The global pandemic may have been around for two years already, but it is a topic that continues to impact the global economic market. The world saw a huge shift in consumer behavior when COVID-19 initially hit in 2020 and VC’s investment pace slowed by nearly 30% in the early months of the pandemic. In 2021, it appeared as if the industry bounced back and was immune to the impacts of the pandemic, with $307 billion invested into startups that year. However, the COVID-19 pandemic is an anomaly and one of the most unprecedented situations of our lifetime, and the sudden surge in the availability of venture capital would not have happened without the pandemic. As life returns to normal, the economic cycle resets itself as consumer behavior shifts – and VC investors are taking note. This further contributes to the lack of VC funding available for start-ups and expanding companies requiring funding.
How to Deal with Reduced VC Liquidity
With the news of the depleting amount of equity capital available globally, many businesses have gone into a state of panic. Valuations are being slashed and employees are being laid off. However, if you are a company with predictable monthly recurring revenue (MRR), the reduction in liquidity is no cause for concern. For such companies, there are many alternative financing opportunities; predictability in MRR indicates stability within the business which increases the attractiveness to potential investors. In other words, investors can see their expected return on investment, which makes them more reassured when deploying their capital. Banks and other traditional financial institutes have yet to recognise the value and stability of recurring revenue streams and view it like a fixed income asset. However, Recur Club has acknowledged that these companies should be treated differently and has opened up an altogether new financing option for them.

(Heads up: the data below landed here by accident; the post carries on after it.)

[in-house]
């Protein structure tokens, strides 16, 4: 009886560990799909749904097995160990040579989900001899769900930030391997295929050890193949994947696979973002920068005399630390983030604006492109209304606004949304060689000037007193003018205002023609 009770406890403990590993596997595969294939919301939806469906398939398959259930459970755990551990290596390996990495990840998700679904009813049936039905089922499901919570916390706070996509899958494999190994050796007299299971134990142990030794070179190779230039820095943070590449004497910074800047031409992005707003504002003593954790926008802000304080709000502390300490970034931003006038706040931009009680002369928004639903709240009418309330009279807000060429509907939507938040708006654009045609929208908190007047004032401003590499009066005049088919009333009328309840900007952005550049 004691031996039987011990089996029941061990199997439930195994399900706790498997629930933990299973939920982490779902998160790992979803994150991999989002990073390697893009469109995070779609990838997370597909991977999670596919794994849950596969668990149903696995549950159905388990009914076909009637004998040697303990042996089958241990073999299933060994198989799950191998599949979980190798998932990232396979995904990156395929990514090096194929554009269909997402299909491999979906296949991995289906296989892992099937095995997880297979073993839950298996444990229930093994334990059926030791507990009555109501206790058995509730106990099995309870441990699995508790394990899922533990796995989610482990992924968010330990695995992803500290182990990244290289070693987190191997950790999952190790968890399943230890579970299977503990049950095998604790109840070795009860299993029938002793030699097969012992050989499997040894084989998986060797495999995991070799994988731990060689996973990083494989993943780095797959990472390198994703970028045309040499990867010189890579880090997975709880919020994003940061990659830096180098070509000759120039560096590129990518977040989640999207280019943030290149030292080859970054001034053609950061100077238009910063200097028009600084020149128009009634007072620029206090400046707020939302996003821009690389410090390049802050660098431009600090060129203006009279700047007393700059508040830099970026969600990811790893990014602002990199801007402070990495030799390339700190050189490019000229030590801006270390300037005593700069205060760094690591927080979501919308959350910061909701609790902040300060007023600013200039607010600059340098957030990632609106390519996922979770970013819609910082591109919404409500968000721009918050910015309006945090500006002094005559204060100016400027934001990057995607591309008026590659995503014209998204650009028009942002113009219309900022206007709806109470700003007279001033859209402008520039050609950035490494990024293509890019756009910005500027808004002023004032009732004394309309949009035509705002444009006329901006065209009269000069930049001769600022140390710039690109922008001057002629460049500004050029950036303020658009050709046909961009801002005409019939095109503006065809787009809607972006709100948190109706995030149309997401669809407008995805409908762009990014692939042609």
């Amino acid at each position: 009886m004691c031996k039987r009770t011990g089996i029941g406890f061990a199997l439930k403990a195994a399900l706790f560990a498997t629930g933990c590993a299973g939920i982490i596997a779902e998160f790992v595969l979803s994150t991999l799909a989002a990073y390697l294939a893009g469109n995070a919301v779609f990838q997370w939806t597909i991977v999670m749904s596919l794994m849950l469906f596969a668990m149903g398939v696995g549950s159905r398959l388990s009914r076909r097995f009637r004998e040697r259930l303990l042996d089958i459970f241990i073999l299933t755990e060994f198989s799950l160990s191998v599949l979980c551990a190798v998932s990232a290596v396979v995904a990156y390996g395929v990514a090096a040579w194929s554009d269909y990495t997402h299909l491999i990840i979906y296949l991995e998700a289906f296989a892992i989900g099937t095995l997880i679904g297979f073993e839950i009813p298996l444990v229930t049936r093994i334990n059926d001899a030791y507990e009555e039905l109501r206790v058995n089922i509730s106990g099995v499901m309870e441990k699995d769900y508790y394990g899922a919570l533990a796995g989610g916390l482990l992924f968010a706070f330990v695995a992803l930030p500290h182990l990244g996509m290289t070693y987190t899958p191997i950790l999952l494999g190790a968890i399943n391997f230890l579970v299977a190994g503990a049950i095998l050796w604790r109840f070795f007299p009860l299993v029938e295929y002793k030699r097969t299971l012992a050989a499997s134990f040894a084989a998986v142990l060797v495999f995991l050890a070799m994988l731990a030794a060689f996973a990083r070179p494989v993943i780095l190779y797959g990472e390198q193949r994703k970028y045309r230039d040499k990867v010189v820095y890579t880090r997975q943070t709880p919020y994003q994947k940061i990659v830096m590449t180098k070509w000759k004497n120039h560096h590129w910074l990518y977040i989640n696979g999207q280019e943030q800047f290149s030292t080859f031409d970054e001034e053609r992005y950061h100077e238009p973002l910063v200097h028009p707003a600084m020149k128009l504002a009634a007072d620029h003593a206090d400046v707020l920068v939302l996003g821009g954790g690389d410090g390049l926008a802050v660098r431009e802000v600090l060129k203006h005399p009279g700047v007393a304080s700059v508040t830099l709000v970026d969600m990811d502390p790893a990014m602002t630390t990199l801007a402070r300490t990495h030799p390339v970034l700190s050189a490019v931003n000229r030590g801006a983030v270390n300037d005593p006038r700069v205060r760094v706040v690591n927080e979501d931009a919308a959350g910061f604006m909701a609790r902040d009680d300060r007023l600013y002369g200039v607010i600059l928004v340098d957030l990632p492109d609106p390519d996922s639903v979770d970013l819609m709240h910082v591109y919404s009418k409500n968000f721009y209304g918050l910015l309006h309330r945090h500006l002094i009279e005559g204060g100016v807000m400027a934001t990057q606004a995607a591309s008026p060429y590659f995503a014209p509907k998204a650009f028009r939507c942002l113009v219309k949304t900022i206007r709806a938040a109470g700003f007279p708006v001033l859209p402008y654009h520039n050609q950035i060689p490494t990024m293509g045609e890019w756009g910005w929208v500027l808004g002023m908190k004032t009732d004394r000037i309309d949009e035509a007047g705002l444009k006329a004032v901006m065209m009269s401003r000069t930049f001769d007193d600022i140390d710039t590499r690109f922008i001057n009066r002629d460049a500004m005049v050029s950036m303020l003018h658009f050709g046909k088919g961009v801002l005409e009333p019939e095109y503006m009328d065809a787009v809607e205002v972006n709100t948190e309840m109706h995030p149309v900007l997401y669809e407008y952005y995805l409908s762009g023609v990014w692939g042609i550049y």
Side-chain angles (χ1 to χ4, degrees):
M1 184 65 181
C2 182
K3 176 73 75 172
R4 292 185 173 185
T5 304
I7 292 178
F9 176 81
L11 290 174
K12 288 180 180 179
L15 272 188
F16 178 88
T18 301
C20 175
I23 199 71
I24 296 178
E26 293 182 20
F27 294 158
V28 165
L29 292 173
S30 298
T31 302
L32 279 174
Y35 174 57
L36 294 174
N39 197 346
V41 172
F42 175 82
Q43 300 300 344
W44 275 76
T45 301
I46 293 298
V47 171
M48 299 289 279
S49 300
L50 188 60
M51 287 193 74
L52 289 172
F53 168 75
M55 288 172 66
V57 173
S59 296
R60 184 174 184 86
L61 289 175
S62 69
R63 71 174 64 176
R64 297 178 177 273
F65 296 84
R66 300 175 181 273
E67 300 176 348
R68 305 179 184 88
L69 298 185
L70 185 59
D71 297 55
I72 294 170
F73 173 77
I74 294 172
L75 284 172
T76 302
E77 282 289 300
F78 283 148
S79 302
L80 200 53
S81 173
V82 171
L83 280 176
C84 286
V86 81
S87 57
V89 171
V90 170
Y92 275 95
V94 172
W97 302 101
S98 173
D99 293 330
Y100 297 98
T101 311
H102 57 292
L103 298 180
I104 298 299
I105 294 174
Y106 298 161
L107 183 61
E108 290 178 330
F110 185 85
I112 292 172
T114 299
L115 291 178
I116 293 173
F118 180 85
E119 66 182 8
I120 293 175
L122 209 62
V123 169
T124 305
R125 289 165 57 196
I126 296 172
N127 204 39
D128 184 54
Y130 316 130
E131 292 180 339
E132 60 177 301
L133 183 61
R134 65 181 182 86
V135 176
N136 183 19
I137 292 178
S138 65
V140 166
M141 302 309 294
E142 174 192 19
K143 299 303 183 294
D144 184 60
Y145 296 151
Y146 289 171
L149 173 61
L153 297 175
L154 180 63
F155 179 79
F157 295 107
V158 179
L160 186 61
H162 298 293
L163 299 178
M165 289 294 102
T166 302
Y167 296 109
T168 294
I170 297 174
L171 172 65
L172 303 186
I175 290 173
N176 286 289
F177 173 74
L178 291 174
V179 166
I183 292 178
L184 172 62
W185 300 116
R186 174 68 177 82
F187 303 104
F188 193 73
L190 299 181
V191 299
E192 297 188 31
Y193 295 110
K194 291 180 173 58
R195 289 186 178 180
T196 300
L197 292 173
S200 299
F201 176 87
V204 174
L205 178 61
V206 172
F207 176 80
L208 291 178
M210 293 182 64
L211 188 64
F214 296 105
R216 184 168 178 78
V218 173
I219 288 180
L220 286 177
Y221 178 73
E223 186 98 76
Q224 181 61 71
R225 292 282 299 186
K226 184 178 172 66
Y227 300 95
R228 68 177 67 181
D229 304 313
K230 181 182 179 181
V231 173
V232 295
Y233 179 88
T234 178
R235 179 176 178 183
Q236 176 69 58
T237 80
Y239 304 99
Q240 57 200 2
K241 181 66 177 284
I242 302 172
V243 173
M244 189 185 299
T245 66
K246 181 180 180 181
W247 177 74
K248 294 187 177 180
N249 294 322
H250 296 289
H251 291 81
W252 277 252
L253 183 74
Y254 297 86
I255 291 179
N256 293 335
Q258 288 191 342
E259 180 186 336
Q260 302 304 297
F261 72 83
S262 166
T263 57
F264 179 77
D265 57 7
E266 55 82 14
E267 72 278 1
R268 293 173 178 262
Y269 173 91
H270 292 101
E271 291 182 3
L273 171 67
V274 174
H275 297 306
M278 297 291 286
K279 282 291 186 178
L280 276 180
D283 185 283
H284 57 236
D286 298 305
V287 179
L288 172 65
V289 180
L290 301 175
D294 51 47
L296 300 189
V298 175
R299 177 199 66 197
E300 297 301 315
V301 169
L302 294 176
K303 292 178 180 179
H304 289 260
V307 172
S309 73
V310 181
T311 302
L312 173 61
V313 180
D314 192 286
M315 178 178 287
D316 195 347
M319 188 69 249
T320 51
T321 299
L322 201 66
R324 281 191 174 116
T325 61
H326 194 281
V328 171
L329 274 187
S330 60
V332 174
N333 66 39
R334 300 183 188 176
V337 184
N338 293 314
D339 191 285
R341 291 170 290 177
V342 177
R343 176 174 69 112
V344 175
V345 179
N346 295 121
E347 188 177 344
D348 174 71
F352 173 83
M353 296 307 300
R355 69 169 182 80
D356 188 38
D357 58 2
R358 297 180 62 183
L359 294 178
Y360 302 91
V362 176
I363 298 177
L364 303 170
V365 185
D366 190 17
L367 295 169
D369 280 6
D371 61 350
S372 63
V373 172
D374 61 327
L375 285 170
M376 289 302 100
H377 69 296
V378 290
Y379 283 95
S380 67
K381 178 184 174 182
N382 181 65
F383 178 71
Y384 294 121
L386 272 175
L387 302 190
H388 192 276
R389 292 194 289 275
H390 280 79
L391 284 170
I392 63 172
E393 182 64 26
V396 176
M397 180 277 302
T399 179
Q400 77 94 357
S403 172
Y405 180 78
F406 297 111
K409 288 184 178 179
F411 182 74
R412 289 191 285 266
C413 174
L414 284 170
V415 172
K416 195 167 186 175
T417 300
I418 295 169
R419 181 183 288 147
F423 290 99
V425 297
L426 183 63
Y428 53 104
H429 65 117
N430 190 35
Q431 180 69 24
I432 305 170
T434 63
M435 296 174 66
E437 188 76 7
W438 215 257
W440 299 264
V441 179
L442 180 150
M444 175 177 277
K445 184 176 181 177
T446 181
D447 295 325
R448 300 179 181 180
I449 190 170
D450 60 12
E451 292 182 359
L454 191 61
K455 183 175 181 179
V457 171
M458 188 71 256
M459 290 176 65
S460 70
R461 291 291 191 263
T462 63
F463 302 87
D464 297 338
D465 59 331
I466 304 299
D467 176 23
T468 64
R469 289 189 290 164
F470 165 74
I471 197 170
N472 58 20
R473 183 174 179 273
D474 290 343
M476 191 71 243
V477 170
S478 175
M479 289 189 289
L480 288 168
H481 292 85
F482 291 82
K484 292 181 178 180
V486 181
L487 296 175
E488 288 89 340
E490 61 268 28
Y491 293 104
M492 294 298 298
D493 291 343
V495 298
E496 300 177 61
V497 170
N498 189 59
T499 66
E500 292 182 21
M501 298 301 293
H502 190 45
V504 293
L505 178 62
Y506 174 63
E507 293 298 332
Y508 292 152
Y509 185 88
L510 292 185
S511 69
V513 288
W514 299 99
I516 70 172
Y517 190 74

Alternative Funding Options for Businesses
Recur Club provides fast, flexible and hassle free growth capital without dilution. Our trading platform connects organizations directly with institutional investors to trade their recurring revenues for upfront capital. Organizations working with Recur Club have used this capital to plan their growth in a better manner, grow their ARR, extend their runways and reduce dilutions. This differentiated financial product is a lifeline for companies previously reliant on venture capital funding. Utilizing the power of a company’s revenue allows businesses large and small to acquire financing to maintain and facilitate growth. The innovative trade-based model is also attractive for investors who have access to growing start-ups and businesses and risk-adjusted returns. In a rapidly changing, economically turbulent world, a forward-thinking approach such as this is essential for enabling new businesses to thrive.